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Frontier’s Museum Educates Parents

Frontier’s Museum Educates Parents Frontier’s Museum Educates Parents

Historical figures visited Frontier School during a wax museum presented for parents and community members on Tuesday, April 4.

Superintendent Patrick Drapeau said the event is part of the school’s personalized learning instruction.

Teachers Tina Strauser, Darla Warrior and Marianne Rees were among the educational leaders for the project.

“It’s a complete school effort,” Strauser said. “All our teachers are here. I love this event.”

She noted the “Good Vibes” name for activities came from current eighth-grade student William Benton as students are able to display their various talents for the public.

She said the idea for the wax museum came about two years ago when she discovered during parent/ teacher conferences that some parents don’t realize all the abilities of children in the area.

“We need to start displaying the talents of our students,” she said.

The wax museum featured fifth through eighth graders and their essays about famous individuals. The museum was divided between fifth grade for the American Revolution, sixth grade for World War I and II, seventh grade for ancient China and eighth grade for civil rights.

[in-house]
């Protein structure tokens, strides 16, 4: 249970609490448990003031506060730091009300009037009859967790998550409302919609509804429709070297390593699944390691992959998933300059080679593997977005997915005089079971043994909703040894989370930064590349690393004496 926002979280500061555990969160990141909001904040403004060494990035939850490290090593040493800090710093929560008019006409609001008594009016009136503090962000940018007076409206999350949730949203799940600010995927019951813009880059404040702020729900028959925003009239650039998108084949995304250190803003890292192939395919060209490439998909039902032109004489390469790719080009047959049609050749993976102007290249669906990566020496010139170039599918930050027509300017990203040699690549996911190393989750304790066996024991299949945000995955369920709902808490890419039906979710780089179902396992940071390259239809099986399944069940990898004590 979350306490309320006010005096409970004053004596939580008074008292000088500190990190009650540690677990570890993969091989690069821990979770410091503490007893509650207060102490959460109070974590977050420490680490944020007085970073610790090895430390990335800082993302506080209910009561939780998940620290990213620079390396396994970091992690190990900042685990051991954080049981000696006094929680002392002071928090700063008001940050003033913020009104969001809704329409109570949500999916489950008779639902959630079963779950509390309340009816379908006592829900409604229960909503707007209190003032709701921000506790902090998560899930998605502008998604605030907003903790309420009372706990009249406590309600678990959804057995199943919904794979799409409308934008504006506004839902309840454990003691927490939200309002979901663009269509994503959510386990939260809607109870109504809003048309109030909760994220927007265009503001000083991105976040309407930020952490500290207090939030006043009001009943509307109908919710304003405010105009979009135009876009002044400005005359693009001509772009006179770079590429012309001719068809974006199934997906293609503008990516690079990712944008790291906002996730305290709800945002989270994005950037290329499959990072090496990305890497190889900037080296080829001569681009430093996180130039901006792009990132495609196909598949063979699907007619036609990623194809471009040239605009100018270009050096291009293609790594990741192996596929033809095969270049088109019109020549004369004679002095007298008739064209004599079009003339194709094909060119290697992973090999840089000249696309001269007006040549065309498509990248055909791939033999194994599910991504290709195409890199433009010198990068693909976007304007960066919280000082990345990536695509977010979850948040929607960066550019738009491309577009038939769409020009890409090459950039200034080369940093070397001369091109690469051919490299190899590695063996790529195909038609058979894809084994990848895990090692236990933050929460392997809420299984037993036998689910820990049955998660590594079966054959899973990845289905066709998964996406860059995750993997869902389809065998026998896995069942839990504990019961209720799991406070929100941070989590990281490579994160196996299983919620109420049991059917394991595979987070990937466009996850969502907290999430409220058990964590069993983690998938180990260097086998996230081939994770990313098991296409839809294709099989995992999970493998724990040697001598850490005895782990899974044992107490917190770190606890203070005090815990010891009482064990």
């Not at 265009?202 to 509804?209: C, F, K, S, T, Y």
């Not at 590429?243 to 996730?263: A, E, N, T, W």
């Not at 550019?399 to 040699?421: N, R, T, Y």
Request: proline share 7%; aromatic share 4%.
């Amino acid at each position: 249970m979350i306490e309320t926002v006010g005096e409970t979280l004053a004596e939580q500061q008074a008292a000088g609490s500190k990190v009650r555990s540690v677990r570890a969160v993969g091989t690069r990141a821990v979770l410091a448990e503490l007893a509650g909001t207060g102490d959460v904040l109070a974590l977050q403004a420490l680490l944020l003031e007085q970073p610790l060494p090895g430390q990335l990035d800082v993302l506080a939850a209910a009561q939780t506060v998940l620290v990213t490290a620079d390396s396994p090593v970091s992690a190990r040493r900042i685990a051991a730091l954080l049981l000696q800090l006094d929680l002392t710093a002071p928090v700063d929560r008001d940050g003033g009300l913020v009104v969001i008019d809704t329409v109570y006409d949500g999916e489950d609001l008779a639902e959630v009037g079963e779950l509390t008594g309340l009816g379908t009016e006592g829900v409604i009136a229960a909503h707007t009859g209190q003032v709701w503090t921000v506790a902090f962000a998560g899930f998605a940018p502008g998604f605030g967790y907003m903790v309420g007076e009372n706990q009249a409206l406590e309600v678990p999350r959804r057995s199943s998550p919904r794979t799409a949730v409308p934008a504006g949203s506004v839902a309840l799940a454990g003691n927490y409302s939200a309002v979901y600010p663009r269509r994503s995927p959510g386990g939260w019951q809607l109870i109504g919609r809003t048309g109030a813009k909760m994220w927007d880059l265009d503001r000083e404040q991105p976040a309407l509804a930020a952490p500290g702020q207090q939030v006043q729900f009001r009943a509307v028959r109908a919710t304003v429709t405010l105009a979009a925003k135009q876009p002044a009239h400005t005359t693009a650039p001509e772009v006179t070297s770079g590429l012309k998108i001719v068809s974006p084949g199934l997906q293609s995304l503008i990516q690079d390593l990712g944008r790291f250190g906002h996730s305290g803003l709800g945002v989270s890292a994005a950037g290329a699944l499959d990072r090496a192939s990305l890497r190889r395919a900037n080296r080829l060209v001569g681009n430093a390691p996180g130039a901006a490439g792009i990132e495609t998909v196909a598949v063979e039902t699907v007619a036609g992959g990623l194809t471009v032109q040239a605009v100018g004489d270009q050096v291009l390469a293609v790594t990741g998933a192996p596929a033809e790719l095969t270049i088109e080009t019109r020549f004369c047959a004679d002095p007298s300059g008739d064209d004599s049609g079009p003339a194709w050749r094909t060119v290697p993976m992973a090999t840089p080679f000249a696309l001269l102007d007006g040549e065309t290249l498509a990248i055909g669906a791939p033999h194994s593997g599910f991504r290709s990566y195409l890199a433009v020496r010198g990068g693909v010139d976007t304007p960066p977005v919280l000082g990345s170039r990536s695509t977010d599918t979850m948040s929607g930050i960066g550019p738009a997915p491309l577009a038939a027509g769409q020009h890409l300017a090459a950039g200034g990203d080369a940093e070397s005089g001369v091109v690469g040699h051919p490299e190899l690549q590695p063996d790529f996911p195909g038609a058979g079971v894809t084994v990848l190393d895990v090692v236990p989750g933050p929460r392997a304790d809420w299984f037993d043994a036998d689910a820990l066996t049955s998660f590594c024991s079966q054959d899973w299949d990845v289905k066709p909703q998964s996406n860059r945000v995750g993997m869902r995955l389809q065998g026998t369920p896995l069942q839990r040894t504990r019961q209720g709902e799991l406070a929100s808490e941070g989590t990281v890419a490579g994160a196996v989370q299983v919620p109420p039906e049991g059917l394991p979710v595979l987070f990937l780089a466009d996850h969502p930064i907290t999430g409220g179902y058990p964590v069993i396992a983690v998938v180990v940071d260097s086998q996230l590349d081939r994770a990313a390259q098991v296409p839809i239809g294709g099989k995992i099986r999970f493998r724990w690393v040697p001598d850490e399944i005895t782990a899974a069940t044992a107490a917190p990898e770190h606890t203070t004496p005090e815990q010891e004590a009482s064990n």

Teachers said most of the students were working on the projects since late February.

Strauser noted how impressed she is with Frontier students’ writing abilities.

“They are writing 12th-grade level papers,” she said.

In addition, in a separate room, the work of kindergarten through fourth-grade students was displayed. Also available were cookies and hot drinks in the “Good Vibes” cafe.

One of the most busy stops in the wax museum was fifth-grader Kenzley Copenhaver as Betsy Ross.

“She seemed interesting,” Copenhaver said of why she selected Ross as her subject.

As far as her costume, Copenhaver noted, “I looked at old photos. I then ordered it online.”

Wyatt Big Talk, a sixth-grade student, was pleased with his selection of Thomas Edison for the event.

“He was really famous,” Big Talk said. “He made the first light bulb and the phonograph.”

Xaden Goodtrack, a fifth-grade student, portrayed Benjamin Franklin near the entrance of the wax museum.

“Everybody stole my other ones so I had do to him,” Goodtrack said.

He ended up admiring Benjamin Franklin. He thought it was interesting that Franklin had 16 siblings.

Kailayla Villaluz was excited to provide information about Pauli Murray. The eighth-grade student explained that Murray made big contributions for civil rights and was one of the 12 founders of the National Organization for Women.

Villaluz said that Murray made a difference through words and peaceful sit-ins.

“She proved peaceful protesters can change things,” Villaluz said. “I like to learn about famous people.”

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